There are dogs guarding the king’s house on this quiet hill in Kep, on Cambodia’s south coast, but it doesn’t take much to scare them off. All the same, I feel more comfortable with the sturdy stick found on the dirt path leading up to the property. And the stick proves useful for clearing the jungle undergrowth that surrounds the path—the king left here long ago.
The hounds belong to a Khmer family that’s moved in to keep an eye on the place; laundry hangs on lines between trees, soup bubbles on a stove, and a matriarch in her mid-50s grants permission to explore further with smiles and a friendly wave. I don’t intrude inside—the contents, and anything else not held in place by cement, were stripped out long ago and all that’s left, apart from the structure, are bullet holes and broken tiles.
This former royal residence was once proudly part of a region glorified during the 1960s as the “Cambodian Riviera,” before war and a crazed dictator who wiped out one-fifth of the country’s population sent the country spiraling back toward the Dark Ages. Today, even as places like Kep and its neighboring town of Kampot have rebuilt much of their lost prestige, old wounds are allowed to linger in the form of dozens of buildings from this golden age left abandoned. Locals tell me they’ve been allowed to fall derelict for a number of reasons, but one in particular stands out: Why take care of the past, people wonder, when the past couldn’t take care of you?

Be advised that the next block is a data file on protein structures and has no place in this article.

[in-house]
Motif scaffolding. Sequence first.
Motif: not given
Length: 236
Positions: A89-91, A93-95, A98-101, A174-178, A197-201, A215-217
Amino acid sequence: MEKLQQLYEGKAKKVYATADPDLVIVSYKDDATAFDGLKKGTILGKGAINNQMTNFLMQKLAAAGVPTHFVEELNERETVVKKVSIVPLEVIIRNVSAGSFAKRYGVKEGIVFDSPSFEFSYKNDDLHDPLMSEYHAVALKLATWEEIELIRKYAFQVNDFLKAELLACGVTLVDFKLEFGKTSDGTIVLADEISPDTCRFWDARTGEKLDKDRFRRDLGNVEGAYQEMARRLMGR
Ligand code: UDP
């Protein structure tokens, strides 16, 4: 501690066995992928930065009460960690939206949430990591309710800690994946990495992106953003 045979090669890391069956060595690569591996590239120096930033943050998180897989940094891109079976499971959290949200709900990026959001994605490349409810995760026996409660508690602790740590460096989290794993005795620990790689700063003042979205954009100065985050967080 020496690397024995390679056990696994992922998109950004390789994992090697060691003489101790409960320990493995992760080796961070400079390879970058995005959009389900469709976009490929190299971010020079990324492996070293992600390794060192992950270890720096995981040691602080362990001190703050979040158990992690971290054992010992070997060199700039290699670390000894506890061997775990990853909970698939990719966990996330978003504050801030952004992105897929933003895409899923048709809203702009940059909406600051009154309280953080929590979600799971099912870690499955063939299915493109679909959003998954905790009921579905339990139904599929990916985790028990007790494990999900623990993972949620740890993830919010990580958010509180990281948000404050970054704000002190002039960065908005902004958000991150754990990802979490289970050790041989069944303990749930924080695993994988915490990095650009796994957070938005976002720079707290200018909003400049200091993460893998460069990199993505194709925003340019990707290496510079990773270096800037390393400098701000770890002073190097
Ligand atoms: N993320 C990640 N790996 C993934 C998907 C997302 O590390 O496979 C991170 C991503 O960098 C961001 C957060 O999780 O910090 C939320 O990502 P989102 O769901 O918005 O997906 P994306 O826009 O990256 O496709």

At the king’s house, I head to the furthermost cliff point, behind an arched portico that forms the villa’s grandiose rear, to behold the famous view, over the Gulf of Thailand, of the Vietnamese island of Phu Quoc. Here the villa’s long-dead owner, King Norodom Sihanouk, is reputed to have gazed out in sorrow and anger over the island’s lost sovereignty.
Kep’s wealthy left their tennis courts, swimming pools, and landscaped gardens to rebels and rot
He wouldn’t have known far worse was to come. In 1954, when Sihanouk was plotting the island’s return—Phu Quoc, known in Khmer as Koh Tral, has been under Vietnamese administration since a colonial carve-up in 1939—life was looking sweet for the young prince and his country while the tiny town of Kep was blossoming as an international destination resort.